Blood flies in site-specific Sweeney Todd: The Demon Barber of Fleet Street

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      Music and lyrics by Stephen Sondheim. Book by Hugh Wheeler. A Snapshots Collective production. At Mrs Lovett’s Pie Shop on Saturday, October 13. Continues until November 1

      With Halloween approaching, the Snapshots Collective’s immersive production of Stephen Sondheim’s Tony Award–winning musical Sweeney Todd: The Demon Barber of Fleet Street has been unleashed at the perfect time. Bone-chilling and imaginative, this resurrection of Sweeney Todd delivers Sondheim’s masterpiece score and the show’s murderous story line in a way that’s wickedly and enjoyably up close and personal: at an actual pie shop.

      Director Chris Adams and choreographer Nicol Spinola have creatively devised a setting that transports audiences right into the 19th-century-London story. At the discreet Gastown venue, audiences enter an eerie, candlelit room, where some lucky members get to sit at a long, T-shaped wooden table in the centre of the room—the best view in the house… And also the messiest.

      Once the show begins, the storefront’s door closes, as if to say “There’s no way out now.” We’re soon surrounded by the show’s cast, dressed in Emily Fraser’s Victorian-era costumes, as they begin the twisted tale of lost love and revenge. This is not a production for the faint of heart—the actors slither and squeeze themselves among the audience, making eye contact and singing directly at people. The experience of hearing the pure voices of the cast singing Sondheim’s exquisite score inches away from you is a rare treat.

      The plot revolves around Sweeney Todd, a wrongfully accused convict returning to London after a 15-year exile in Australia. Having been torn away from his wife and infant child, Todd now wants to enact revenge on the crooked Judge Turpin—the man who falsified Todd’s charges in order to get close to his wife.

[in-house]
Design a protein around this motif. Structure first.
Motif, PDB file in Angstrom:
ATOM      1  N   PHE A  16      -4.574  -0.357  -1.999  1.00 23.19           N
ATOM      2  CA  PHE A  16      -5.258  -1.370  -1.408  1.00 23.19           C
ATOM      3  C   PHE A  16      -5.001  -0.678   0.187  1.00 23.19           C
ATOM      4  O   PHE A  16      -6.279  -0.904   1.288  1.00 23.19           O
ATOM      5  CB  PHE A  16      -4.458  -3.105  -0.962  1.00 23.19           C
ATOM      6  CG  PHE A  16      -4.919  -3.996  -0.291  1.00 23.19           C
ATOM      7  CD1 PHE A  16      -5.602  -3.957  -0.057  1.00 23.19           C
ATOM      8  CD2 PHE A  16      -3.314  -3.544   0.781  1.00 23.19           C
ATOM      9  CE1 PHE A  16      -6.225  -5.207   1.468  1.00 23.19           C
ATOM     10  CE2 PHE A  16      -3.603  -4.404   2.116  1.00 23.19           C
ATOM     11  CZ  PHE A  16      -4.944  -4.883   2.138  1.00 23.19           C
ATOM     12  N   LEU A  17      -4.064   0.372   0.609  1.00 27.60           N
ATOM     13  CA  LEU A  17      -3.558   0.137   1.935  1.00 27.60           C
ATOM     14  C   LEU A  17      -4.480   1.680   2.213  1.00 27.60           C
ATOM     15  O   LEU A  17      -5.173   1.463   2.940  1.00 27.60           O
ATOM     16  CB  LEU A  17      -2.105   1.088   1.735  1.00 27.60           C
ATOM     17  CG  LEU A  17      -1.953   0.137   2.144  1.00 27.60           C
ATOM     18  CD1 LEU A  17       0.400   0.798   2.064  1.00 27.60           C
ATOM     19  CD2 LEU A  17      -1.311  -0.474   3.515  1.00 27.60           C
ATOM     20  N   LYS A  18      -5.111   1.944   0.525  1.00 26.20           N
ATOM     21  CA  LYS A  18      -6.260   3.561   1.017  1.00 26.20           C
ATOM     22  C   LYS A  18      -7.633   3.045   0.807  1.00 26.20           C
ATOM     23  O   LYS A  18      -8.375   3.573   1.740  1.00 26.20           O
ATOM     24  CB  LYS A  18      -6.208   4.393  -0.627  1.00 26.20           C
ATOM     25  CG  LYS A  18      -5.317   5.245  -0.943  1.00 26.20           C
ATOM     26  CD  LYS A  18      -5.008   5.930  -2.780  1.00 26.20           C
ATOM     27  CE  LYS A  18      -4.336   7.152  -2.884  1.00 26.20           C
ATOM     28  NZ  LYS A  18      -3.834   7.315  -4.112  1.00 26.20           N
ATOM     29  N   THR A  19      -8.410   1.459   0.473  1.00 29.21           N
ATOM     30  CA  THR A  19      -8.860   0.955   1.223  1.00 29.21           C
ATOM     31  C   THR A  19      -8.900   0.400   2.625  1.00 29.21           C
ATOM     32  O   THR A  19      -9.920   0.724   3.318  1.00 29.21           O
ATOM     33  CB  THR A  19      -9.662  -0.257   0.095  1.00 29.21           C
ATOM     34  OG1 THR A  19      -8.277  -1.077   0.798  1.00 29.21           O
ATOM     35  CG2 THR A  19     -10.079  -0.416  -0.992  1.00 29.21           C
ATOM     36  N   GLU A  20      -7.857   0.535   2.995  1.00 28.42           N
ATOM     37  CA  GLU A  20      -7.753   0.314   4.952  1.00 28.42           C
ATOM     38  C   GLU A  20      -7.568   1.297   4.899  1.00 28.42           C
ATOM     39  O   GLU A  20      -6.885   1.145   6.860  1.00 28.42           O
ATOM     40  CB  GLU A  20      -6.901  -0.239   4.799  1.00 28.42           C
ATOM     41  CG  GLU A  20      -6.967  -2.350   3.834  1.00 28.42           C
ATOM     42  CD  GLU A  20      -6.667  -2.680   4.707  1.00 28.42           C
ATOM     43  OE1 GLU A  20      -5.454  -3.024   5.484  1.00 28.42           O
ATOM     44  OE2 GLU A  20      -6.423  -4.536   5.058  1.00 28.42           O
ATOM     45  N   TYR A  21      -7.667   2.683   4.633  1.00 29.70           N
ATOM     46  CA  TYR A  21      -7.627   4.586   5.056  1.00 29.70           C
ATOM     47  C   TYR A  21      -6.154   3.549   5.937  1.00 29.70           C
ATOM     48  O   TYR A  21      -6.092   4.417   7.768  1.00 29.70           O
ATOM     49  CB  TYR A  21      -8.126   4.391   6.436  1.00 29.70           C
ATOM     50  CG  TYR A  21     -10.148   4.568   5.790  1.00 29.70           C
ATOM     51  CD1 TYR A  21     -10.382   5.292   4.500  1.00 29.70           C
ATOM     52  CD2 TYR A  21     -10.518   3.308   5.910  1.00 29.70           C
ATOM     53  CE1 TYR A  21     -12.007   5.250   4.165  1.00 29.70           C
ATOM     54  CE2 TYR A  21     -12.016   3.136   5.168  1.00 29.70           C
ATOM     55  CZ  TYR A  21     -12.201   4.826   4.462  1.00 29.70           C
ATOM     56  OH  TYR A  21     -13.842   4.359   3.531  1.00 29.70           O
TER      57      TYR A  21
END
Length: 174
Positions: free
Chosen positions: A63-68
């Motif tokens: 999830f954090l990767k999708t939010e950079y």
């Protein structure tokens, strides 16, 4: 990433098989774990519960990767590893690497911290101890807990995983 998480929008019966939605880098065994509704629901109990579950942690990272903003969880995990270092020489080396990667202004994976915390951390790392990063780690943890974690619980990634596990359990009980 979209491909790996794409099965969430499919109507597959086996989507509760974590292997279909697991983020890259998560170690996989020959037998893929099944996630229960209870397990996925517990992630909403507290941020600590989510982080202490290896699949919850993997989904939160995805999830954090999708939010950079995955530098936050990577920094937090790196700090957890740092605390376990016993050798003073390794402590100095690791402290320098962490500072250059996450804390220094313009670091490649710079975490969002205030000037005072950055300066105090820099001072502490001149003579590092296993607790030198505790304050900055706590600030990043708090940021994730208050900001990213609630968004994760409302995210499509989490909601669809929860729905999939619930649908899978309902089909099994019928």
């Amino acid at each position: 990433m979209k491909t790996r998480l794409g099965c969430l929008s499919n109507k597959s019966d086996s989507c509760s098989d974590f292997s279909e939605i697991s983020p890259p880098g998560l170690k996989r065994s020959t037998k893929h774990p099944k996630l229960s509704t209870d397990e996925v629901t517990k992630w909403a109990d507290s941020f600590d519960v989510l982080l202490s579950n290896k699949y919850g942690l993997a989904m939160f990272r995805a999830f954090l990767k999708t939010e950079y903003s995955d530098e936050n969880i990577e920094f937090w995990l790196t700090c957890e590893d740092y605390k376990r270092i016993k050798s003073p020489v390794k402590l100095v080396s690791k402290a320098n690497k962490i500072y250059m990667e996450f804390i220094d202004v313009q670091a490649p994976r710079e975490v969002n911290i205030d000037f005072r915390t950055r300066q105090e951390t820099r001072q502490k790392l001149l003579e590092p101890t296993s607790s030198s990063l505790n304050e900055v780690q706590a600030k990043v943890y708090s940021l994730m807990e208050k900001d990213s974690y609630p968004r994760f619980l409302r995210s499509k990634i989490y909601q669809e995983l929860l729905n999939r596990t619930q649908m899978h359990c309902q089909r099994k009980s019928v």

But as Todd bides his time by restarting his barbershop above Mrs. Lovett’s dwindling meat-pie shop, both he and Mrs. Lovett realize that murderous opportunities are plentiful. And the more dead bodies pile up, the more successful Mrs. Lovett’s business gets.

      We can at first sympathize with Warren Kimmel’s brilliant Sweeney Todd, whose descent into complete madness becomes all too frightening in the song “Epiphany”. As his partner in crime, Mrs. Lovett (Colleen Winton) is a fireball of ruthlessness. Winton’s voice is remarkable, ranging from gritty earthiness at times to sailing, clear sounds in her rendition of “The Worst Pies in London”.

      Not all of the show is gruesomely evil. Take “The Contest”, for example, where Jonathan Winsby, as rival barber Adolfo Pirelli, provides the show with some welcome comic relief, while showcasing his glorious vocal abilities. And as young couple Anthony and Johanna, Alex Nicoll and Rachel Park display beautiful tenderness and affection in their scenes together, especially in “Kiss Me”, in which they plot their escape.

      As Pirelli’s simple-minded young assistant, Tobias Ragg, Oliver Castillo goes from playful and cheerful in “The Contest” to tragic demise within the Todd-Lovett household.

      And the characters envelop us throughout. In fact, at one point during the show, some audience members are politely asked to stand as the centre table is used to seat Mrs. Lovett’s meat-pie shop customers.

      Perhaps the most interactive aspect of the experience is being splattered with fake blood whenever a character is murdered. (Don’t worry: the show’s creative team has stressed that the blood is nonstaining and washes right out.)

      And if all of this isn’t immersive enough for you, you can also preorder meat pies from the show’s pie provider, Pie Hole, to sadistically enjoy before the bloody entertainment begins. Bon appétit.